The NATO Munitions Safety Information Analysis Center (MSIAC) (Centre d'information et d'analyse sur la sécurité des munitions de l'OTAN (CIASM) in French) provides technical consultancy services to its member nations in the area of munitions safety. Areas with which MSIAC is concerned include :
- Energetic materials - high explosives, gun propellants, rocket propellants and pyrotechnics;
- Warhead Technology – design, production, testing, terminal effects, fuzing systems;
- Propulsion Technology – design, production, testing, ignition/initiation systems;
- Munitions Systems – weapon system integration, threat and hazard analysis, safety and suitability for service, demil and disposal;
- Munitions Logistics – safety principles and regulations for transport and storage, hazard classification and risk analysis;
- Material Sciences - understanding structural materials and their influence on safety and functionality of ammunition.
Within these areas, MSIAC performs the following functions:
- Develop the MSIAC internal database of technical information;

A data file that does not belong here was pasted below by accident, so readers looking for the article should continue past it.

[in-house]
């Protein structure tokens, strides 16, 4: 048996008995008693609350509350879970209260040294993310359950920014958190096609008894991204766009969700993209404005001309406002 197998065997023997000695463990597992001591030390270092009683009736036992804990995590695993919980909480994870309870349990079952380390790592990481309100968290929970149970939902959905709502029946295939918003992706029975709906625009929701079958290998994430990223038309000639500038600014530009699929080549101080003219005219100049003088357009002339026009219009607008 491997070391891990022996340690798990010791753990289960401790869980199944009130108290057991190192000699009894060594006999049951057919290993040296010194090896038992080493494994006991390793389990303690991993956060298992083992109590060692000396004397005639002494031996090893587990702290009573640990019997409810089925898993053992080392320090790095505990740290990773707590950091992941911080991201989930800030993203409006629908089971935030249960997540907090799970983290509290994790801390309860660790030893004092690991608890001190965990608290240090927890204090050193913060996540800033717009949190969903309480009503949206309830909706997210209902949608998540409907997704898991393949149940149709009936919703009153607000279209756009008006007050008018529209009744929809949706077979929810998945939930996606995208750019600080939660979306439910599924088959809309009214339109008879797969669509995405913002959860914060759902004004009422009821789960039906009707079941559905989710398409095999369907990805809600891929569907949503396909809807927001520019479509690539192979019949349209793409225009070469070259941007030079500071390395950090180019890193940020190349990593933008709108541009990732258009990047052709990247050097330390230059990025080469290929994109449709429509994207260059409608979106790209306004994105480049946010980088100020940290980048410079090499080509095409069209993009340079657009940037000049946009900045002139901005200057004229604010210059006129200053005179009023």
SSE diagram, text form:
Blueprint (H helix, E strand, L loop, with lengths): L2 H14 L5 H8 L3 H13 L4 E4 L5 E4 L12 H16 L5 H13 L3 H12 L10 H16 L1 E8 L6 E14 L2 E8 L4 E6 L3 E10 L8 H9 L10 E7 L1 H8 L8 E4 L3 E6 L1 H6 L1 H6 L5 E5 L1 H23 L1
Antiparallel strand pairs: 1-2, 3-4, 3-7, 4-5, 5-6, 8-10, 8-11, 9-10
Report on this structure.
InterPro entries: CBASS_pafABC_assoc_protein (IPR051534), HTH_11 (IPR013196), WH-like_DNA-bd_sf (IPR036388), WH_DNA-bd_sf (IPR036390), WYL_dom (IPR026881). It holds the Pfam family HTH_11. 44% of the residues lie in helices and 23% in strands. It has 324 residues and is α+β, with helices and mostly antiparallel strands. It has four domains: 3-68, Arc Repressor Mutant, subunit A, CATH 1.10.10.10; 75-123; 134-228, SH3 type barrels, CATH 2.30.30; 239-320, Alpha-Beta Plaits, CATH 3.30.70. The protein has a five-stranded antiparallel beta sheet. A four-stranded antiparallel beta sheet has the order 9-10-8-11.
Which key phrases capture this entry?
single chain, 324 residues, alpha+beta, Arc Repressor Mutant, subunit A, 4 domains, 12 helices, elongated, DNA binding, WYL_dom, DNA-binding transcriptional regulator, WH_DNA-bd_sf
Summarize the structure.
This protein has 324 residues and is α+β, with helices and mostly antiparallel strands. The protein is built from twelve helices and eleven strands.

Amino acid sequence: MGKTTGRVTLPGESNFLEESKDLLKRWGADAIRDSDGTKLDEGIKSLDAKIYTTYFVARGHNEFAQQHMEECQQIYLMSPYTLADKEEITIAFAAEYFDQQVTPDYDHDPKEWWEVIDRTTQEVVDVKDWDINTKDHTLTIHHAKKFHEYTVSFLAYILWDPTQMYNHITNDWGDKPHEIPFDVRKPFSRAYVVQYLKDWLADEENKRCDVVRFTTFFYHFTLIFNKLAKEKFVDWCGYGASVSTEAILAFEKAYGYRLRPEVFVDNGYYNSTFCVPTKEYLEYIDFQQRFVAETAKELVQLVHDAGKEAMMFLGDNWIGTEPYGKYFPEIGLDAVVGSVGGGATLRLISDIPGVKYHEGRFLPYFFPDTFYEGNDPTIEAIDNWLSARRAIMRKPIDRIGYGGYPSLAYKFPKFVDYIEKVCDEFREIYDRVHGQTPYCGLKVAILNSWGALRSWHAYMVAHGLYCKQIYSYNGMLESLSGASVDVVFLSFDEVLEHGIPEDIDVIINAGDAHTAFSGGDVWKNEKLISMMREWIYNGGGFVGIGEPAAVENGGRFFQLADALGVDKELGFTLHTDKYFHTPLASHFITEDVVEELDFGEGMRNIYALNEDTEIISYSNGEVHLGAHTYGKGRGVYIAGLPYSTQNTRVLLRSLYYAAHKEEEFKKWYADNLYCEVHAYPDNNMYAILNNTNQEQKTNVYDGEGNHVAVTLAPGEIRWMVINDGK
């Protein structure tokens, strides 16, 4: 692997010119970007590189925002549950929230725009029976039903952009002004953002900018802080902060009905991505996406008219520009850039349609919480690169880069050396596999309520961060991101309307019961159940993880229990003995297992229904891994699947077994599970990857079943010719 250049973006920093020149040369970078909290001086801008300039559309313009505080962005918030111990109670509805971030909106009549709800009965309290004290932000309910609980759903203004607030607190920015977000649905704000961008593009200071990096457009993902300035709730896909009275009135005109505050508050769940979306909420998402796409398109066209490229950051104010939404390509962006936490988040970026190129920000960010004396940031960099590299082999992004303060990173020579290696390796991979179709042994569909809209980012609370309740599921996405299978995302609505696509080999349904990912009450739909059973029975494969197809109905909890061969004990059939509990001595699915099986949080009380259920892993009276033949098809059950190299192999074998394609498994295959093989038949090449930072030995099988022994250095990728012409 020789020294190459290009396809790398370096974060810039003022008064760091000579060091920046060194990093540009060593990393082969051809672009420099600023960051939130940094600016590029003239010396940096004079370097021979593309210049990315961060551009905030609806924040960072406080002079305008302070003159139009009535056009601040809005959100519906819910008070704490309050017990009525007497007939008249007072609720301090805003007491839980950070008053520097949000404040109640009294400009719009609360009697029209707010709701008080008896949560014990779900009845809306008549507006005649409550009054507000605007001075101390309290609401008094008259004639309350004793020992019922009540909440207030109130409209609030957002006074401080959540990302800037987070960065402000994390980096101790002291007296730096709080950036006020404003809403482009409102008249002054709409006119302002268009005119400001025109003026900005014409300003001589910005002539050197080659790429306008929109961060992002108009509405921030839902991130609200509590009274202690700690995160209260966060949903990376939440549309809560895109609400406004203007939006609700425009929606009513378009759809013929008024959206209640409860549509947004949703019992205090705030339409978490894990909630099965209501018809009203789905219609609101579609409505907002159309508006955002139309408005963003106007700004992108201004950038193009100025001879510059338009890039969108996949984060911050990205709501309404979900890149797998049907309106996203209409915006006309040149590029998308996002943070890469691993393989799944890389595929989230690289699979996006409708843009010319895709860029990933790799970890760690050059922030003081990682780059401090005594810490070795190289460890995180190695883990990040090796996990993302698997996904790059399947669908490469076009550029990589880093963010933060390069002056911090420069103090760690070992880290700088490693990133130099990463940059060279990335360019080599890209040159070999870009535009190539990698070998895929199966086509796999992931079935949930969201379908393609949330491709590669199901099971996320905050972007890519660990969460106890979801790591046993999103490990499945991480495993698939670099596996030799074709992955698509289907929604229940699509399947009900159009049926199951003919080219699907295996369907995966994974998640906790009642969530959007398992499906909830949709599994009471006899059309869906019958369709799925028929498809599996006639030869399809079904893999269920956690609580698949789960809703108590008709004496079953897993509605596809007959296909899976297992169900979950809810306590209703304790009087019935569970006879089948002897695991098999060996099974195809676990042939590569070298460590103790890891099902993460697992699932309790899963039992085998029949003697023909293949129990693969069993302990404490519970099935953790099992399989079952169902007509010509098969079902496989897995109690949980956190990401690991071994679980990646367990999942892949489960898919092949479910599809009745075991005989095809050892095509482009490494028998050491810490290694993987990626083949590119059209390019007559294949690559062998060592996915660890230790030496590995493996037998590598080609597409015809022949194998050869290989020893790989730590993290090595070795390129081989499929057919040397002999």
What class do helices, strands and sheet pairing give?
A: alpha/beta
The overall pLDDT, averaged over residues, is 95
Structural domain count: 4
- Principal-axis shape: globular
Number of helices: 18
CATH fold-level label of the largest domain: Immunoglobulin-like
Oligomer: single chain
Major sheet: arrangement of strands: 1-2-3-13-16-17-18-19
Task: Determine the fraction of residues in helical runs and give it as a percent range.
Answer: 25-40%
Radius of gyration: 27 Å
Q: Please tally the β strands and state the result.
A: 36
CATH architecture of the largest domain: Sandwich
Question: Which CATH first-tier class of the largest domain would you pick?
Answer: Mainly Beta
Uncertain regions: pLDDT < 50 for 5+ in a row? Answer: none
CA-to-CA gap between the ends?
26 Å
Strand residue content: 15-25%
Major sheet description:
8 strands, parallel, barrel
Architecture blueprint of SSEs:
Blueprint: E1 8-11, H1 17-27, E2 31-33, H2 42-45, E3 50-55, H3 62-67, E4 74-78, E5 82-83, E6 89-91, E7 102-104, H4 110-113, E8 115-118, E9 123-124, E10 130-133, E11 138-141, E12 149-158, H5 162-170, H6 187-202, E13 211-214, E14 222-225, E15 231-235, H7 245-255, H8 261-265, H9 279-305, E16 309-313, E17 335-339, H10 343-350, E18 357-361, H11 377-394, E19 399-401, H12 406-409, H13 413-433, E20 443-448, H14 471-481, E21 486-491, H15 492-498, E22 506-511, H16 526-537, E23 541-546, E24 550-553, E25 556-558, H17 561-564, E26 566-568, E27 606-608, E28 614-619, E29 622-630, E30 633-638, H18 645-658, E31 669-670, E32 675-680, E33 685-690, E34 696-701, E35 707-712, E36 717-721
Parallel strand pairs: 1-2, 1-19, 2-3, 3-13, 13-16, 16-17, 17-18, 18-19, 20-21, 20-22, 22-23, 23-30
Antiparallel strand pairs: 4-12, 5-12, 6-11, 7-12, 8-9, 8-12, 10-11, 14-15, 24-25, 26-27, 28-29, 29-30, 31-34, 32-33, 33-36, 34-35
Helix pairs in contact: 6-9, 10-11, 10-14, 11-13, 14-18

- Provide technical advice;
- Respond to inquiries from governmental agencies and industry of member nations;
- Anticipate inquiries and prepare state-of-the-art reports to deal with them;
- Organize technical lectures
- Develop and distribute software tools and databases,;
- Organize Round Robin Tests;
- Develop and maintain networks of experts, through the sponsorship of workshops and seminars and the creation of e-Working Groups.
List of officials
|1||Dr. Ron Derr||United States||1991–1998|
|2||Anthony Melita||United States||1998–2005|
|3||CPT RAN Jacqui King||Australia||2005–2008|
|4||Dr. Jerry Ward||United States||2009-2011|